The two opposing political philosophies being debated in 2012 can be traced back to George Washington’s presidency. Alexander Hamilton, Washington’s Secretary of the Treasury and a Federalist, offered an economic plan that created a centralized bank (First Bank of the United States), imposed trade tariffs and exise taxes, and had the federal government assume all of the states’ debt. He justified government expansion by referring to implied powers implicit in the Constitution. Former Federalist Thomas Jefferson opposed the expansion of government, supported states rights, and followed a more explicit interpretation of the Constitution with strict limitations on federal government. Eventually, Jefferson’s side formed a party referred to by historians and people of the time as Republicans, but known today as Democratic-Republicans. Hamilton and Jefferson are the patrons of the two opposing American political philosophies of big government vs. small government.
President Washington didn’t openly join either side, but he supported Hamilton’s policies as his Treasurer. Both the House and Senate were pro-administration (Federalist) throughout Washington’s presidency and remained Federalist through John Adam’s (also a Federalist) presidency. During this period, there was a financial crisis in 1792 when Hamilton bailed out the Bank of New York, the bank he started, through providing securities that brought the price of securities down by 24%. There was also a land speculation bubble that burst in 1796.
From 1800 to 1825, the Democratic-Republicans dominated Congress. The charter of the First Bank of The United States expired in 1811 and wasn’t renewed. After the Nepoleanic wars ended, there was an ”Era of Good Feelings”, where there was a general feeling of Unity between all politicians as the Federalist party faded into history. There was basically a diluted, moderate Democratic-Republican party. The Second Bank of The United States was chartered in 1817 as a reaction to the difficulties in financing the War of 1812. After the panic of 1819, however, politicians split into Hamiltonian and Jeffersonian factions again over the existence of a centralized bank.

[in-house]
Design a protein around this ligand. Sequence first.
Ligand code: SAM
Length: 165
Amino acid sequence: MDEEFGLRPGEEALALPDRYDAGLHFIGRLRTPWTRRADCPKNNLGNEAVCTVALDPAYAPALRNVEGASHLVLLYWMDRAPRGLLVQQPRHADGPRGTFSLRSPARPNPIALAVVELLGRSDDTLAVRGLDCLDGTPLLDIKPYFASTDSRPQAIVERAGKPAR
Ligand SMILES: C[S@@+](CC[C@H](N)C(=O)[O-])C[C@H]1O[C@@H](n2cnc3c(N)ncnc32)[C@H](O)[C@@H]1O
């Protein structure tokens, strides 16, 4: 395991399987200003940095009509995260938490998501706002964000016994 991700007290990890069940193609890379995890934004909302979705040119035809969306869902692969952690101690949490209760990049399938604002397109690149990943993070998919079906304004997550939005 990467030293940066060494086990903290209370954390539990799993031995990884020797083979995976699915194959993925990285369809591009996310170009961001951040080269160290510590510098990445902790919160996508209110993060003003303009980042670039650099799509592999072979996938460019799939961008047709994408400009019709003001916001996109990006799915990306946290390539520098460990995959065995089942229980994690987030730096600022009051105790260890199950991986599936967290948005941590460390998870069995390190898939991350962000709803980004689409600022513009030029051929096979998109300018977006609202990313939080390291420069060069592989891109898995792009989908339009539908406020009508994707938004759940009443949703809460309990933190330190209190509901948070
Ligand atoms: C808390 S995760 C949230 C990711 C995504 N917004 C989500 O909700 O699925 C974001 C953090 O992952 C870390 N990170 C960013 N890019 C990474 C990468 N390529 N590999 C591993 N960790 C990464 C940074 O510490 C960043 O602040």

The Democrats emerged as the Jeffersonian Party; and the National Republicans, who later became Whigs, favored Hamiltonian policy. The Jeffersonian Democrats dominated the presidency and both houses until 1860. After the charter for the Second Bank of The United States was allowed to expire by Jackson’s administration in 1837, there was a contraction and a five-year long depression. Despite this economic downturn (and a brief surge in Whig popularity), there was no central bank again until 1913. There was another panic that spread from Great Britain’s central bank in 1857, but the economy quickly recovered after President Buchanan (Jeffersonian Democrat) lowered tariffs and withdrew government usage of bank notes. The panic leveled out and was over by 1859.
In 1854, a new Republican Party formed from the remnants of the Whigs (as did other abolitionist third parties to fight slavery.) The Republicans dominated Congress and the presidency until 1885. After the war, they became the representatives of Hamilton’s philosophies. In order to fund the Civil War, the US government left the gold standard and created greenbacks, or legal tender fiat currency that was not readily redeemable in gold. As a result of the war, the transition back to the gold standard, and Republican protectionist tariffs, the growth of the American industrial revolution was slowed in what is known as the long depression between 1873 and 1896.
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